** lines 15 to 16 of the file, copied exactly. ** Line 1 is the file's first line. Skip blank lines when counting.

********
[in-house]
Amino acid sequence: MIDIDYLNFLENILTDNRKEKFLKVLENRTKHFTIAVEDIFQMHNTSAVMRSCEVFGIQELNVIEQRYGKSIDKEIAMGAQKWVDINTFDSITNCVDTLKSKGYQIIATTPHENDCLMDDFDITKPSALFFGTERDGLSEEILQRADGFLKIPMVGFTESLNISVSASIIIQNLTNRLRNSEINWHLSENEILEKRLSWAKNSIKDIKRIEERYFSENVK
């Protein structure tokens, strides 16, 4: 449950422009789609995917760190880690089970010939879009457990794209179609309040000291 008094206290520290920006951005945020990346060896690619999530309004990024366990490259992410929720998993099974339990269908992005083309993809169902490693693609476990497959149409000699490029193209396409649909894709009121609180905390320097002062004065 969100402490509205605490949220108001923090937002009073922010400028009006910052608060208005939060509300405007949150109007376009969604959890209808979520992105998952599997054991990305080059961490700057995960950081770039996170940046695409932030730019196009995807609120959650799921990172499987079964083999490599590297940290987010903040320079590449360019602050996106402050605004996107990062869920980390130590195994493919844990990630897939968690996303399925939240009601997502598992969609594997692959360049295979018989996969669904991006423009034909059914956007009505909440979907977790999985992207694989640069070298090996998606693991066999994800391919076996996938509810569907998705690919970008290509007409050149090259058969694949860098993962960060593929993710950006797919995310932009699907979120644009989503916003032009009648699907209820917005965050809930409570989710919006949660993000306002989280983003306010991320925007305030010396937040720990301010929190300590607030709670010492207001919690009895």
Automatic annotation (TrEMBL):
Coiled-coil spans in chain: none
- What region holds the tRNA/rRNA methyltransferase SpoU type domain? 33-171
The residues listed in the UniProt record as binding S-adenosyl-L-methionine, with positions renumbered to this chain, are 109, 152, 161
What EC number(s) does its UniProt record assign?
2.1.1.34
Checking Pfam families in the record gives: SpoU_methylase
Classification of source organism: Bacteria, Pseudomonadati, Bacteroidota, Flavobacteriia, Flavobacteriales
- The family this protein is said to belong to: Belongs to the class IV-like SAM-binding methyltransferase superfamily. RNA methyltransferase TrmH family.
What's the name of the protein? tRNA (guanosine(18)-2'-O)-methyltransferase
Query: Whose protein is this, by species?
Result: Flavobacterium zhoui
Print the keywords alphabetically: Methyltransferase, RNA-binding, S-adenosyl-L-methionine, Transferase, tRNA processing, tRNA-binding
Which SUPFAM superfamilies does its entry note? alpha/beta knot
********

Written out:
Result: Flavobacterium zhoui
Print the keywords alphabetically: Methyltransferase, RNA-binding, S-adenosyl-L-methionine, Transferase, tRNA processing, tRNA-binding